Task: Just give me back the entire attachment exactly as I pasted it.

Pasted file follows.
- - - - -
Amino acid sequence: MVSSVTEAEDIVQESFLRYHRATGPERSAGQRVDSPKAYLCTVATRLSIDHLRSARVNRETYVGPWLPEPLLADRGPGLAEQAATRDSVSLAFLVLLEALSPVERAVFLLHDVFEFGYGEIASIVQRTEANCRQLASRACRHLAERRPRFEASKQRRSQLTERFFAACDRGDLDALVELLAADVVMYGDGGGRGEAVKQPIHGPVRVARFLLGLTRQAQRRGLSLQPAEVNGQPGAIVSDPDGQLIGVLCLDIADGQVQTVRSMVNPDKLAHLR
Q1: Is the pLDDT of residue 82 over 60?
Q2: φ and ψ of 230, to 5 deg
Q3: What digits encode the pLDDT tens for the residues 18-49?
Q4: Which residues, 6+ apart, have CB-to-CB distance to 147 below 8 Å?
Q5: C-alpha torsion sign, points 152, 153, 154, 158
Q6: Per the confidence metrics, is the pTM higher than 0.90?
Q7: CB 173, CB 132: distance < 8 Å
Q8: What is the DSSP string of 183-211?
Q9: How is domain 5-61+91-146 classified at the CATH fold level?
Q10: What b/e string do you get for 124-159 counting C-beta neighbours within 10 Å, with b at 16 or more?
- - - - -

Amino acid sequence: MVSSVTEAEDIVQESFLRYHRATGPERSAGQRVDSPKAYLCTVATRLSIDHLRSARVNRETYVGPWLPEPLLADRGPGLAEQAATRDSVSLAFLVLLEALSPVERAVFLLHDVFEFGYGEIASIVQRTEANCRQLASRACRHLAERRPRFEASKQRRSQLTERFFAACDRGDLDALVELLAADVVMYGDGGGRGEAVKQPIHGPVRVARFLLGLTRQAQRRGLSLQPAEVNGQPGAIVSDPDGQLIGVLCLDIADGQVQTVRSMVNPDKLAHLR
Q1: Is the pLDDT of residue 82 over 60?
Q2: φ and ψ of 230, to 5 deg
Q3: What digits encode the pLDDT tens for the residues 18-49?
Q4: Which residues, 6+ apart, have CB-to-CB distance to 147 below 8 Å?
Q5: C-alpha torsion sign, points 152, 153, 154, 158
Q6: Per the confidence metrics, is the pTM higher than 0.90?
Q7: CB 173, CB 132: distance < 8 Å
Q8: What is the DSSP string of 183-211?
Q9: How is domain 5-61+91-146 classified at the CATH fold level?
Q10: What b/e string do you get for 124-159 counting C-beta neighbours within 10 Å, with b at 16 or more?